On a chilly winter afternoon, a large crowd warmed their appetites on several different styles and flavors of chili during “Chili for Chile” at First United Methodist Church in Conway.

Children and adults alike put on their culinary boxing gloves in the effort to win the prestigious prize of “best chili” at the annual event which raises funds for La Esperanza, a group home and Sheltered Workshop in Santiago, Chile. Members of First United Methodist have traveled to Chile several different years to do mission work at La Esperanza with its director, Arkansan Shana Harrison.
The Mission Committee sponsors the event each year.
About $1,300 was raised this year through tickets purchased to eat chili and also to vote on the winners of best chili, best showmanship and most unique chili.

Chili winners were:
Best chili – The ninth-graders’ chicken chili.
Most unique – The Y.E.S. Team’s Chilly Chili.
Best Showmanship – The sixth-grade
  Confirmation class, with Mount
  Confirmation and their Aloha Chili.

Many of the booths were decorated with colorful themes.
Wynter Bresaw and Kathryn Predmore were “Chillin’ At Chile” in their pajamas while serving “Nana’s Chili,” a traditional-style chili with ground hamburger and beans.
A group of four friends – Beverly Bowles, Lisa Burgess, Pat Crowder and Nancy Mulhearn – dubbed themselves the “Chili Chicks” and offered up a spicy concoction called Dulce Y Picante. They said their chili was “hot and sweet, just like us.”
The long-lasting battle of beans or no beans was fought amongst several pots of chili, including those served by George Mayo (no beans, please!), George Bratton (who used roast beef ) and Mary Rose Hankins (beans, please!).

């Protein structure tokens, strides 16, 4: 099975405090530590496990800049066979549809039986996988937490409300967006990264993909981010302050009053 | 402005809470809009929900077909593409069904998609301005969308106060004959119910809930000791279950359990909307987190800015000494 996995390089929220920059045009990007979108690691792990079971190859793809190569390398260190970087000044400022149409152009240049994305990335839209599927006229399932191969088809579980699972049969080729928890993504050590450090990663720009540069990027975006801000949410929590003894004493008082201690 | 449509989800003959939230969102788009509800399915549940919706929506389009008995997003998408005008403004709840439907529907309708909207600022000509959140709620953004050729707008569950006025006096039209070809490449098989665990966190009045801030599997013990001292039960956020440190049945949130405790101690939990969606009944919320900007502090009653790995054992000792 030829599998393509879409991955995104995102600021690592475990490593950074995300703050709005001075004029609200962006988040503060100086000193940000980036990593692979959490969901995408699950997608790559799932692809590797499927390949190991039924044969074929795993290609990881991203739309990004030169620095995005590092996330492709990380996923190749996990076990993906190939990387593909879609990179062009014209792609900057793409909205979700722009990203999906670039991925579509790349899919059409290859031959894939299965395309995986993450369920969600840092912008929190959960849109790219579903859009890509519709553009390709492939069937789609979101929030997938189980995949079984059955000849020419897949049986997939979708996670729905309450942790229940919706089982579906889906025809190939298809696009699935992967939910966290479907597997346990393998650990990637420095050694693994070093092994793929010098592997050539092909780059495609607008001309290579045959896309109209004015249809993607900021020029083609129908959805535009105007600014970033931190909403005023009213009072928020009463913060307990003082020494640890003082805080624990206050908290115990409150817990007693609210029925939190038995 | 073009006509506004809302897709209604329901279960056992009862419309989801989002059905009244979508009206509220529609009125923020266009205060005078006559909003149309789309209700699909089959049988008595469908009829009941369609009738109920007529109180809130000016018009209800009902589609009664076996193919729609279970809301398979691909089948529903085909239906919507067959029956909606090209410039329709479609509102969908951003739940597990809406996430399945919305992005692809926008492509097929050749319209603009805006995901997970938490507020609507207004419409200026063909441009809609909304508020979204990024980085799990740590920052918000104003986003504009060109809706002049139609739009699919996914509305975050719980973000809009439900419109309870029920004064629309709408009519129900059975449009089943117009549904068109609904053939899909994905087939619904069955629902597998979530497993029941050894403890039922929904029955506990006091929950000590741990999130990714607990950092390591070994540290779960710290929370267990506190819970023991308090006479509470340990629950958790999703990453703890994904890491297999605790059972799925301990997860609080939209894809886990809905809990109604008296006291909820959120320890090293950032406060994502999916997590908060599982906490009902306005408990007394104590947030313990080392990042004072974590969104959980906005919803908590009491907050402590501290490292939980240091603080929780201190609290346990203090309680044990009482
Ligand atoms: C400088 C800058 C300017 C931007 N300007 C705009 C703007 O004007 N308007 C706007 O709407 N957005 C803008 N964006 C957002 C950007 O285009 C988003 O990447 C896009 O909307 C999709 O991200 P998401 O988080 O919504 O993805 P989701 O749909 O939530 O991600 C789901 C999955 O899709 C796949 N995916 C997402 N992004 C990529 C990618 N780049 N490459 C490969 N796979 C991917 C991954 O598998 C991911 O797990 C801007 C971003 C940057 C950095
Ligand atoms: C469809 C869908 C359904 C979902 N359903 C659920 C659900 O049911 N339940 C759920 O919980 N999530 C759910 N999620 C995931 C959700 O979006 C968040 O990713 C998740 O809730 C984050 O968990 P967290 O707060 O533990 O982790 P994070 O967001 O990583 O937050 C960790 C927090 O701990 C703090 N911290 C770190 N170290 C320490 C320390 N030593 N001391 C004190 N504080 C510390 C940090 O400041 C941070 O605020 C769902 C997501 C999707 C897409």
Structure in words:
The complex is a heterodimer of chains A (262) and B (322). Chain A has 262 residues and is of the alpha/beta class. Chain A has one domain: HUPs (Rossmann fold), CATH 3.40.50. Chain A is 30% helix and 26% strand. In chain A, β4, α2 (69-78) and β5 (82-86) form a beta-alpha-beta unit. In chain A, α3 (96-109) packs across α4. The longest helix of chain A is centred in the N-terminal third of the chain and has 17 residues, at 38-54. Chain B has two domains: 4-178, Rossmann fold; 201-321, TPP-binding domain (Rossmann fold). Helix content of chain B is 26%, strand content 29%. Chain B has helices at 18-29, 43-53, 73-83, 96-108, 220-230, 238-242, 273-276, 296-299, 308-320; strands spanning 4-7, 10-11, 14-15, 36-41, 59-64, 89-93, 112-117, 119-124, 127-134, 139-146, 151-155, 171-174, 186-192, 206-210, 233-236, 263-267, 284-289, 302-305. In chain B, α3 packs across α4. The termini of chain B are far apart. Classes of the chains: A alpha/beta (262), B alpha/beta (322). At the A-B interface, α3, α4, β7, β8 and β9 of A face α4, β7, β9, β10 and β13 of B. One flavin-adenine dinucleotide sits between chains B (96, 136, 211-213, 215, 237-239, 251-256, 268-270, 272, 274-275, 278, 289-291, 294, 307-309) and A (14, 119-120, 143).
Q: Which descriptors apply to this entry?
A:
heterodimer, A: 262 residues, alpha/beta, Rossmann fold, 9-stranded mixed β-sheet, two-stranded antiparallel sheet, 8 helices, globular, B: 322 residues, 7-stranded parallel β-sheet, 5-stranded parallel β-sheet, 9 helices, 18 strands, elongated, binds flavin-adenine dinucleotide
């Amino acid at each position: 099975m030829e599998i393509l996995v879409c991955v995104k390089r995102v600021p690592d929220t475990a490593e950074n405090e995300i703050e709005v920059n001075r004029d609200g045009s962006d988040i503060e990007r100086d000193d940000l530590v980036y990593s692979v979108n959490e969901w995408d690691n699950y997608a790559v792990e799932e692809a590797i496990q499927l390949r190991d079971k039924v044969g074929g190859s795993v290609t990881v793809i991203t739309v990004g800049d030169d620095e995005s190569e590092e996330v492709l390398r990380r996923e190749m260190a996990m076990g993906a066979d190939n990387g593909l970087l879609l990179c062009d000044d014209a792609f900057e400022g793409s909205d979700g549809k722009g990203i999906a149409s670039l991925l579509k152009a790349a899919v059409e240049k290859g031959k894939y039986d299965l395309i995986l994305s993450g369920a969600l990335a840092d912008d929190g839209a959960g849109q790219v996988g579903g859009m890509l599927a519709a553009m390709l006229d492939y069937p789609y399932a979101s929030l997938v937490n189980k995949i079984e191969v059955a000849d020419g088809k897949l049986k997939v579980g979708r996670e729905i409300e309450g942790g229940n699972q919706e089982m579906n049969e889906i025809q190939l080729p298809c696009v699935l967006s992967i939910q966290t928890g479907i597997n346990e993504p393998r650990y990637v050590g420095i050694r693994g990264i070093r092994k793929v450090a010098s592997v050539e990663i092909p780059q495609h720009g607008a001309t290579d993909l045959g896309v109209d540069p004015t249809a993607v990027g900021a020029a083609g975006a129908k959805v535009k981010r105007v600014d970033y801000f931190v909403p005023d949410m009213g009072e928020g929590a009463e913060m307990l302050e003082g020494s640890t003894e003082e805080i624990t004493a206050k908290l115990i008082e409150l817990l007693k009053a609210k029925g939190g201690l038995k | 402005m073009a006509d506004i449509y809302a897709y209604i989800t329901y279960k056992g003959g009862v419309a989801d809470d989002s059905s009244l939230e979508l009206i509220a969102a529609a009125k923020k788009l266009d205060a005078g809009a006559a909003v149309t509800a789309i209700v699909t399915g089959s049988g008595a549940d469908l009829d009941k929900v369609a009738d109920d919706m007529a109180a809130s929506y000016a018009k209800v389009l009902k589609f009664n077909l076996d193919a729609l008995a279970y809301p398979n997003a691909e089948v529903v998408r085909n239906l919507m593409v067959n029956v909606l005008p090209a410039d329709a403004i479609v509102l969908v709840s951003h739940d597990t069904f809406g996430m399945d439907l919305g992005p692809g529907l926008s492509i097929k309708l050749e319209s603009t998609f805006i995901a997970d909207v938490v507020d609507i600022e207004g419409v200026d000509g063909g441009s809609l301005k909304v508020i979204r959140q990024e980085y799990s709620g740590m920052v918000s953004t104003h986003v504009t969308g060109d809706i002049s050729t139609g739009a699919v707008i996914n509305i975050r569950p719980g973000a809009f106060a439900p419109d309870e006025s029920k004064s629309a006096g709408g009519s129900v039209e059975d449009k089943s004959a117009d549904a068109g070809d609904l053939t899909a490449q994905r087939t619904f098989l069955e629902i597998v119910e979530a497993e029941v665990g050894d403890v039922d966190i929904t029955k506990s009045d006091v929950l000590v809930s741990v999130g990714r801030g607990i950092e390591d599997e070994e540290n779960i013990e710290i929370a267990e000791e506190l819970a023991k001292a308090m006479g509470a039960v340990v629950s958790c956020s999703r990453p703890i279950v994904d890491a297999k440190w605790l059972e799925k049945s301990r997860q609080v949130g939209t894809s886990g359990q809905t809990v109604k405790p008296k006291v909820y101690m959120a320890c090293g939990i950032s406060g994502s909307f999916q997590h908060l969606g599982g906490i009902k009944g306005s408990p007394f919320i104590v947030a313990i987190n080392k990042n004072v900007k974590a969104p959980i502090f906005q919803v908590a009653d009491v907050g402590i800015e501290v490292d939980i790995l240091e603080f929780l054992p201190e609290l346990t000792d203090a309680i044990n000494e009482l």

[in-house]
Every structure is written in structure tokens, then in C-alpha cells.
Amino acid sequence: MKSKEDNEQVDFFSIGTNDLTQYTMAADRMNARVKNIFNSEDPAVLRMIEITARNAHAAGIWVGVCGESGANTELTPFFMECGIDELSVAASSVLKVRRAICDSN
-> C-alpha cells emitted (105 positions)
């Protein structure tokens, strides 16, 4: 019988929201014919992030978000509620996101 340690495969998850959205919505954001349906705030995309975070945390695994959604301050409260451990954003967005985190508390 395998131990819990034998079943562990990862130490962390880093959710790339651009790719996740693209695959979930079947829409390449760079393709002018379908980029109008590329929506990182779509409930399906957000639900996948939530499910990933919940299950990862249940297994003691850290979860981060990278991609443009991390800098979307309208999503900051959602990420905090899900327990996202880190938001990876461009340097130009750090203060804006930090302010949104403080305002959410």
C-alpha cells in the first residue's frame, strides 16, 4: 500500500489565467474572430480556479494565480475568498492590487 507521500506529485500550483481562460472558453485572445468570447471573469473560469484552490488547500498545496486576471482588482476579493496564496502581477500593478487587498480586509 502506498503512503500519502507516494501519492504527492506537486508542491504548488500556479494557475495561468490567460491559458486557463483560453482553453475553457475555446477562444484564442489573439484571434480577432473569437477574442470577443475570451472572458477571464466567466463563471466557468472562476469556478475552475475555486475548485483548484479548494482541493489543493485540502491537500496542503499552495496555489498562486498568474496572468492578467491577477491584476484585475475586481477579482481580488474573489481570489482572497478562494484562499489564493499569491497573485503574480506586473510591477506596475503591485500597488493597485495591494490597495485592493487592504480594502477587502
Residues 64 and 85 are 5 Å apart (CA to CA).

Several youth groups got involved also. The ninth-graders made a nice chicken chili and decorated their booth with a fireplace to help keep off the winter chill.
The sixth-grade Confirmation class, however, wasn’t afraid of the cold, creating “Aloha Chili.” Their booth was brightly decorated with a painting of Mount Confirmation and included youngsters playing drums and hula dancers in grass skirts.
At the “Chilly Chili” booth, a surprise was in store from the Youth Empowered for Service (Y.E.S.) team. Their chili was particularly unique and, according to two team members, impossible to replicate. It seems all the team members made chili and poured it together for a one-of-a-kind concoction.


Aloha Chili

(From the sixth-grade Confirmation Class chili, with special thanks to Melanie Crnic for the recipe.)

2 t. olive oil
2 onions, chopped
2 green peppers, chopped
1 poblano pepper, chopped
3-4 cloves garlic, finely chopped
2 lbs. ground chuck
1 ½ lbs. beef sirloin, cubed
1 cup STRONG coffee
2 (6 oz.) cans tomato paste with garlic
28 oz. can diced tomatoes
1 can Rotel tomatoes and green chilis
1 can beef broth
½ c. chili sauce
½ cup brown sugar
1½ T. cumin
1½ T. cocoa
1½ t. oregano
1½ t. cayenne
1½ t. dried cilantro
1½ t. salt
4 (15 oz.) cans kidney beans

Heat oil; add onions, peppers, garlic and meat. Cook until browned. Add tomatoes, coffee, tomato paste, broth and spices. Stir in two cans of kidney beans, reduce heat and simmer for 1 ½ to 2 hours. Add remaining two cans kidney beans and simmer for another 30 minutes.


Nana’s Chili

(From the “Chillin’ at Chile team of Wynter Bresaw and Kathryn Predmore, with thanks to Renee Bresaw for the recipe.)

1 lb. hamburger
1 large onion, chopped
1 can pinto beans, drained
1 can diced tomatoes
1 package Williams chili mix
1 green bell pepper, chopped

Brown hamburger meat, add all other ingredients. Cook until onion/peppers are tender.